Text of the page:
Gail Orffeo of Orchard Park, N.Y., spends much of her time
helping businesses and individuals navigate employment-related
issues through her company, Human Resources Simplified. Recently,
however, she’s been applying her personnel skills to a
different audience: little kids.
Frustrated at her inability to hold her 6-month-old
granddaughter’s attention while video chatting, Orffeo
created a set of tools to improve the interaction—and then,
realizing others likely face the same challenge, packaged them for
sale on the Internet. Face Fun kits include a puppet and other
attention-getting toys, as well as Story Sticks: double-sided
paddles with short stories written by Orffeo on one side (in
English or Spanish) and illustrations on the other. Story Sticks
make it easier to read while holding your smartphone, since there
are no pages to turn. The company also sells Learning Sticks to
teach youngsters numbers, letters, colors and shapes.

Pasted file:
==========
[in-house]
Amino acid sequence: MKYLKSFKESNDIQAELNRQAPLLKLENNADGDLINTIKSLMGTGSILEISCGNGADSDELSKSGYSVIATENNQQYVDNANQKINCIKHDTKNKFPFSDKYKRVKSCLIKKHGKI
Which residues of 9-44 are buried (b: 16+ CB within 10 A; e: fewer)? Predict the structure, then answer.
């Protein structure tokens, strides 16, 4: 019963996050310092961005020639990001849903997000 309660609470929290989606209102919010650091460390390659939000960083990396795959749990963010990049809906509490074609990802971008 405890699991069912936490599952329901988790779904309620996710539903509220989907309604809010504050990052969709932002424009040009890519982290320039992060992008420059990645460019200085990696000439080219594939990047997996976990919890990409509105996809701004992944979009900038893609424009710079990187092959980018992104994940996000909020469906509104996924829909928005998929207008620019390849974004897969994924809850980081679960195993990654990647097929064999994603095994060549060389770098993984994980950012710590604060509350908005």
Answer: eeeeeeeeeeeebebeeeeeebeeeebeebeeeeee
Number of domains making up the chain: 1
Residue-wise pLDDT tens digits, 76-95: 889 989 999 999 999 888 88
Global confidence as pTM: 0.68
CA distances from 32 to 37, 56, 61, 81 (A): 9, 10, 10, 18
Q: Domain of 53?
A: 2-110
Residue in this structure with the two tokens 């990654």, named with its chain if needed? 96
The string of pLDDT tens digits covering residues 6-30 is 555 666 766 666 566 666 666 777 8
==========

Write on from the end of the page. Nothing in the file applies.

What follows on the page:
Orffeo hopes the kits will help keep families
connected—not only grandparents, but also parents who live
far from home, like military personnel. “I think as a society
we need to grow and enforce family values,” she says.
“Because that’s where a lot of problems are coming from
We asked Orffeo for advice on video chatting with a wee
Choose the right time of day
Like adults, children have ups and downs throughout the day. Some are at their best after a nap, others in that golden hour between bath time and bed.
Pick a quiet area and stay focused
Kids are easily distracted. Give your full attention to them and they’re more likely to give theirs to you.
Get stuffed animals, musical instruments and small toys with flashing lights ready before your video chat. If your chatting partner is verbal, you can be a little more interactive with your props. “Where’s the dog’s nose? Now, where’s your nose?”
Ask the right questions
If you ask a child, “How was school today?” you’ll likely get a one-word answer. A more specific question—like “What was your favorite thing that you did at school today?”—helps create a conversation.
Don’t expect a marathon phone call
Although it depends on the individual, a video chat with a preschooler should last about five minutes. If you push it much longer, the child may get restless—and may not want to do it again. Try to make each call a fun, positive experience.